We have all heard about the “Turkey Chemical” that makes us tired after Thanksgiving Dinner. The chemical is called tryptophan.
Proteins are the building blocks of tryptophan and carbohydrates make tryptophan more accessible to the brain. The brain then converts the tryptophan first into serotonin which converts it into melatonin which is the hormone that induces sleep.
So, a bedtime snack of non-sugary cereal and milk, toast and peanut butter or cheese and crackers is a good balance of protein and carbs to unleash tryptophan.
GO OUTSIDE AND PLAY
Exposure to natural light is important for the sleep/wake cycle. Mother Earth knows what she is doing. Getting outside in the day and evening will naturally stimulate your circadian rhythm.
This is one reason why shift workers have a hard time adjusting. You work when it is dark and sleep when it is light. Even a few hours of daylight can help you find a routine that works for you. Again, trial and error.
MAKE YOUR BEDROOM YOUR SANCTUARY
If you are already having trouble sleeping, watching TV or reading in bed is definitely not going to help. Your bedroom needs to be quiet, cool, dark and comfortable.
Some investments that will pay off HUGE in the long run.
- A white noise machine to mask outside noise that could disturb your sleep. I chose this one for portability and a USB charger. No batteries to worry about.
- Black out curtains to keep your room dark while you sleep. These curtains are Thermoback which not only blocks light, it also filters noise and heat from the sun to keep your room cool. Even a sliver of light is enough to screw with your sleep. ***Cheap tip – tape your windows with tinfoil (shiny side in!) This will block all light but may heat up your room. Depending on your air conditioning or the season this may be a good option.***
- A good mattress is key. Be very scientific when mattress shopping as this is a big expense that should last you about 7 years. Research here pays for itself. Don’t always rely on the salesperson. Their job is to sell mattresses, not make sure you have a good sleep.
A recent phrase I heard on mattresses was this: “Do you want to sleep on the mattress or in it?” Sounds weird at first, but it makes sense.
When you go to a hotel, you sleep on the mattress. Have you ever seen an indent in the mattress from previous guests?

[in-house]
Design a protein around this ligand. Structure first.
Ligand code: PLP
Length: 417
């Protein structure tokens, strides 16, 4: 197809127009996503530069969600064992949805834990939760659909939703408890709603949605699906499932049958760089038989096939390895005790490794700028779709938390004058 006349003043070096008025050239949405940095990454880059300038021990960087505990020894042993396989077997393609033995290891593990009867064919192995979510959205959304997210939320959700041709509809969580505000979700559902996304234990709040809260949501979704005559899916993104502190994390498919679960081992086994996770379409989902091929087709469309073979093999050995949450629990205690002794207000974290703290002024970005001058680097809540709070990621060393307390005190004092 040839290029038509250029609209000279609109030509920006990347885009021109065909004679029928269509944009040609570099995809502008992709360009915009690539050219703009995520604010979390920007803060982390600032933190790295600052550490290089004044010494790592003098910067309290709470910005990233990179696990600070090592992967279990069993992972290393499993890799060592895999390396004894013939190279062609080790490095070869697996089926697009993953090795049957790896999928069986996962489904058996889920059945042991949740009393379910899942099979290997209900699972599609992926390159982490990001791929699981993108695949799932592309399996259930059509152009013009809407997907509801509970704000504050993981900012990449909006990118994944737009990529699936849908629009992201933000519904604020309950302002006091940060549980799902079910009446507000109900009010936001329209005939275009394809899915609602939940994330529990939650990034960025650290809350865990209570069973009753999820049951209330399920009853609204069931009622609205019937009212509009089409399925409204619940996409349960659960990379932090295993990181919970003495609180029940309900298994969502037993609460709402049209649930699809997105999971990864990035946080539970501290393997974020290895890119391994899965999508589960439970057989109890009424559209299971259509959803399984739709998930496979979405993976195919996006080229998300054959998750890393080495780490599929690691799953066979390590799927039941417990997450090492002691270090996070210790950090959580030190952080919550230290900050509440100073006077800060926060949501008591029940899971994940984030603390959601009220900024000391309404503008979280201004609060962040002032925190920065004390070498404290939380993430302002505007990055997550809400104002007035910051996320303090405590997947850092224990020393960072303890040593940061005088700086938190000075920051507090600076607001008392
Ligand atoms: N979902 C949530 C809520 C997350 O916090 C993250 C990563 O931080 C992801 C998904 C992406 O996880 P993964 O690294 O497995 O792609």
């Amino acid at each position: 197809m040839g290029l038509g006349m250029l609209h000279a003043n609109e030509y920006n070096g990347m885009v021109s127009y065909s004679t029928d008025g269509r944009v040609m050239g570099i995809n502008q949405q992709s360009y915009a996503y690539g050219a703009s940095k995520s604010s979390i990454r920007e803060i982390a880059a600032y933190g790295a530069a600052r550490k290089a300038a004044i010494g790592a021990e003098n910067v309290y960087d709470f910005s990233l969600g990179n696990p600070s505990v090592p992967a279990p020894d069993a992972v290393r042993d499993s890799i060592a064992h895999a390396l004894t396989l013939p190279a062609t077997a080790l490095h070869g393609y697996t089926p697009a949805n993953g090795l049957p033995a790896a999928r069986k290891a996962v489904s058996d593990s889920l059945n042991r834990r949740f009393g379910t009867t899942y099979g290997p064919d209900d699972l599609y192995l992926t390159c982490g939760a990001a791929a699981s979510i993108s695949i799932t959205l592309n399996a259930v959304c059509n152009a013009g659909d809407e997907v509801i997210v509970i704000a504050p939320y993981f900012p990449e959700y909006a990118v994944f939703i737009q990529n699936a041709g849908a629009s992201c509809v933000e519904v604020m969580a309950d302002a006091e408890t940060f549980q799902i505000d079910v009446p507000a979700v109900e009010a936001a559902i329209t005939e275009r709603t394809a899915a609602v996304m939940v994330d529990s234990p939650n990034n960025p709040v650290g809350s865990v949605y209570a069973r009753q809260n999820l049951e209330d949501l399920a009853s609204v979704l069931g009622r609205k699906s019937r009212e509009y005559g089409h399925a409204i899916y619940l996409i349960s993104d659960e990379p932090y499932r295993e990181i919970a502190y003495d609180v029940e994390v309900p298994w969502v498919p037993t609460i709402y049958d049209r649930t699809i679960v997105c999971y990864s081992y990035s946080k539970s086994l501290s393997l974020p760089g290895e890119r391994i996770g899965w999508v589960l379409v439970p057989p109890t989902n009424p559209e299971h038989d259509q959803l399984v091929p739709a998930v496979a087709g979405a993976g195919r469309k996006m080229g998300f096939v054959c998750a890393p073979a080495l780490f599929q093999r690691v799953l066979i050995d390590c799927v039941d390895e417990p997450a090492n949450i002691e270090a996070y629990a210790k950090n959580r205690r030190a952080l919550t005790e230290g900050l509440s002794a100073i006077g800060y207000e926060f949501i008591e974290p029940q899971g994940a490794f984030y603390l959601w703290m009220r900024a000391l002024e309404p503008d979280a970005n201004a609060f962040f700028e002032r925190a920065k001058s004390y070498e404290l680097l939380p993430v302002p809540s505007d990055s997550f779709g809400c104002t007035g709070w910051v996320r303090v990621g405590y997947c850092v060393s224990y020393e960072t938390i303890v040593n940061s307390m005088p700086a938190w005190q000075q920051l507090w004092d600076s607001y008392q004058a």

At home, you generally sleep in the mattress. Most pillowtop mattresses will conform to your body after a while leaving an indent or impression. (My 100lb mother has created an indent. What would two 100 lb people do to it.) Also to note, they are not flippable. The pillowtop is only on one side and to turn it 180 degrees means that you will have your partners indent instead of your own.
There are many different types of mattresses so this is a good thing to figure out beforehand. Ask the salesperson this question. If you get a blank look, go somewhere else. If they can actually answer the question, take whatever info they can give you and go home and research it again before you buy.
Most places will have a 30 – 90 day sleep guarantee. Read the fine print before you get in the bed the first time so if it still not right you can return or exchange it.
Laying on the demo for five minutes tells you absolutely nothing.
Last but not Least
Not always easy for shift work but a few things that are not dependent on a set time frame:
- Warm bath or shower. Don’t make the water too hot as this will raise your body temperature and slow the release of melatonin.
- Journaling/Brain Dump. Getting all of the nonsense thoughts out of your head and onto paper will free your brain from the hamster that runs circles with nowhere to go.
- Meditation. Meditating for 15 minutes before you go to sleep is another great way to clear your head of anything that you have no control over or can’t deal with right now anyway.
Feel free to share your tips on a great sleep.
Until next time.